A deal was made! I purchased the bus and it was delivered to the house. One thing I had to say about my father-in-law, affectionately known as "Pappy", he definitely knew how to operate and drive a bus. Pappy had owned and driven motor homes, large trucks, and had been a bus driver for the school district. He thought it was a great idea to have the camper so that we could go fishing, rock hunting, or just use it to see parts of Arizona. Before I knew it, he was giving me instructions on how to handle the clutch, shift gears by listening to the sounds of the engine, and other little tidbits of information from his vast knowledge of these vehicles. My wife was correct when she said Pappy would be able to teach me how to drive the camper because in no time he had me behind the wheel maneuvering that rig on the back roads behind our home.
Well, after several driving lessons on the roads behind our home, I began to feel comfortable driving the bus. I wasn't too concerned about driving the bus because Pappy had taught me well and those trial runs on the roads behind our house had assured me that I was ready to go it alone. It was Mother's Day weekend and time for us to take our first trip. The plan was to drive to a campsite only two hours away (close enough to get there before dark yet not that far away should we have to return home in a hurry), go fishing in the morning, and then return home on Sunday. Since school let out three hours before I was done working, my sons assisted my wife, who was eight months pregnant, load the camper with food and supplies. I arrived home around five o'clock, changed clothes and off we went for a great weekend of camping and fishing.
When I made my first right hand turn onto the highway as we were leaving town, the refrigerator flew open and we heard this crash on the floor of the camper. The last person that put food into the refrigerator forgot to insert the "pin" which is sort of a locking mechanism that keeps the refrigerator closed while the camper is in motion. We learned really quickly that the refrigerator opened by itself if the pin was not in. We had pickles, cheese, a carton of orange juice, a gallon of milk, and some broken eggs on the floor of the camper before we even got out of town. As soon as this assortment of goodies hit the floor, Vicky, our fun loving schnauzer, was in the midst of the this conglomeration of food trying her best to eat everything in sight. It would have been funny if it hadn't made such a mess. But, mess or no mess, we were not going to let this little incident ruin our trip, so I pulled off the road, and we got everything cleaned up, including Vicky who had looked as though she was foaming at the mouth what with her beard and all being smeared with eggs, milk, and orange juice. Now that was funny! While this minor inconvenience delayed us a bit, within thirty minutes we were back on the road as we once again headed out for our first camping adventure.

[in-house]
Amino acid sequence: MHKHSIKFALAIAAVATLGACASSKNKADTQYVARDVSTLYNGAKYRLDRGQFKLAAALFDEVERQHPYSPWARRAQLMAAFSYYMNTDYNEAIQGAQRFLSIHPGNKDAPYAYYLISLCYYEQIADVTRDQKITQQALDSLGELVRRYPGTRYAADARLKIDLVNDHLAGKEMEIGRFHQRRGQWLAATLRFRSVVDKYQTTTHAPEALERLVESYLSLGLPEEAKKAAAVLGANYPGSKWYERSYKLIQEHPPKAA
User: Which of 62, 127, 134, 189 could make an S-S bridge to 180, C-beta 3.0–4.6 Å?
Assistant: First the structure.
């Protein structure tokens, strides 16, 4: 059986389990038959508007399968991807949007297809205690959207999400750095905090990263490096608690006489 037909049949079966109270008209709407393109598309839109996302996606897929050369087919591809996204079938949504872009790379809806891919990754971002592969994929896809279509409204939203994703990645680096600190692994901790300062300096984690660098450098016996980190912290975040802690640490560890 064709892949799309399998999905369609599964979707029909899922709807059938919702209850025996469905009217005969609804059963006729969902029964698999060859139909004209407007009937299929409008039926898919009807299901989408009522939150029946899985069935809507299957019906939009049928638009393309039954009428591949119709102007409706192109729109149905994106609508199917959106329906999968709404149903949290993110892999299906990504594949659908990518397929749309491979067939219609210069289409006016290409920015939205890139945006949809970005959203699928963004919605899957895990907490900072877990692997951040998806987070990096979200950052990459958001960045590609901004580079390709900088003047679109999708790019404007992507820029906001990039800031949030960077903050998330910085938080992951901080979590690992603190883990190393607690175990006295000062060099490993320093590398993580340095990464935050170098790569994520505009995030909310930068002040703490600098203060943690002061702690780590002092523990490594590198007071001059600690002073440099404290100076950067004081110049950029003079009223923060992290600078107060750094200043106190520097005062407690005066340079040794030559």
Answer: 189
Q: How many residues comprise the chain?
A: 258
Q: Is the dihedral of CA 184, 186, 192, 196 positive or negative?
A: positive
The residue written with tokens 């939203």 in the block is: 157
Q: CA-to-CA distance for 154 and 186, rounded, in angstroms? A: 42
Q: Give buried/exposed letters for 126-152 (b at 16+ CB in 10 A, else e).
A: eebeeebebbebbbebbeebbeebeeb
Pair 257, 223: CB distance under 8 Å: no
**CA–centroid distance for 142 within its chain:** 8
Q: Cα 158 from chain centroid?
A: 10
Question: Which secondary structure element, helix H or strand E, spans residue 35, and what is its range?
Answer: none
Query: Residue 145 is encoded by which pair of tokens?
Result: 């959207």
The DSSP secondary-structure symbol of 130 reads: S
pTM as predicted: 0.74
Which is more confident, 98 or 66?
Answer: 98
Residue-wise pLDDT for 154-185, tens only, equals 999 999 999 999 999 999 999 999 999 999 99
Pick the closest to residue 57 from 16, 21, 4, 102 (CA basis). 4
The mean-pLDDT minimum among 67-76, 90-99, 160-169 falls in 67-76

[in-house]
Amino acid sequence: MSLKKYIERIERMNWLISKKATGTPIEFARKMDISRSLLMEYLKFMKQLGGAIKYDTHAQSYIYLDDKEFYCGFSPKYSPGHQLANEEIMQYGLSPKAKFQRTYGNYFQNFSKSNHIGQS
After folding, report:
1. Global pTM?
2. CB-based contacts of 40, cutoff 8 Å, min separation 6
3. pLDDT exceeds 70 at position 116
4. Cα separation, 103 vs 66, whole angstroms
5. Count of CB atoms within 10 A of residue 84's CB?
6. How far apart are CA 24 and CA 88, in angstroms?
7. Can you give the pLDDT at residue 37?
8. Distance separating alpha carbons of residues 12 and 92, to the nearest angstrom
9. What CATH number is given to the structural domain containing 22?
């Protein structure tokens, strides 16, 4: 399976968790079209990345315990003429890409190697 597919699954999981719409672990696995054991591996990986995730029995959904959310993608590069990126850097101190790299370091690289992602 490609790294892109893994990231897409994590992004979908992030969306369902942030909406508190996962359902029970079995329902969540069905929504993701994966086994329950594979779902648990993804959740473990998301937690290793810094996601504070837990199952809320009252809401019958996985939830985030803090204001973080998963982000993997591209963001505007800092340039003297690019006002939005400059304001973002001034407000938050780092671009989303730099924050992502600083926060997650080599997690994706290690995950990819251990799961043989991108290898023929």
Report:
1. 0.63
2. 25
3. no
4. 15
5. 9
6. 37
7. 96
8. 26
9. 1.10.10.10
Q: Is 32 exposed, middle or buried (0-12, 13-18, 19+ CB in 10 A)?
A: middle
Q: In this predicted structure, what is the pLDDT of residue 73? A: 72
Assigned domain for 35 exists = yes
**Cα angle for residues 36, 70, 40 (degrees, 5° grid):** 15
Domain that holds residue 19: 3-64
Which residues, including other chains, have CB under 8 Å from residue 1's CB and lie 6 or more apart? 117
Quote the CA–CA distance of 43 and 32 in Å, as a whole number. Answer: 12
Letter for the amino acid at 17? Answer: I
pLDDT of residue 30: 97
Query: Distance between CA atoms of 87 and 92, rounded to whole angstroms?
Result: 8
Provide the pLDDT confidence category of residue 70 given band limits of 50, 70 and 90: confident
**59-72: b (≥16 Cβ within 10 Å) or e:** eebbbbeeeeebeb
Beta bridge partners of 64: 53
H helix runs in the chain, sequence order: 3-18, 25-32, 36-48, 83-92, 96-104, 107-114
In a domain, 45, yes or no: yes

Now, if you have never driven a "four on the floor" type vehicle, a few training sessions do not a bus driver make! Depressing the clutch, shifting gears, and doing all this while trying to give the darn thing some gas can be a little bit intimidating, especially when attempting to drive uphill. What made it even worse was that time had passed by so quickly! Remember the fiasco with the refrigerator? That slight delay had cost us more time than I had thought because the sun was rapidly beginning to set. My attempt to drive the bus uphill, on a very narrow, very dark mountainous road was to be the next adventure we were to experience during this, our "Maiden Voyage!"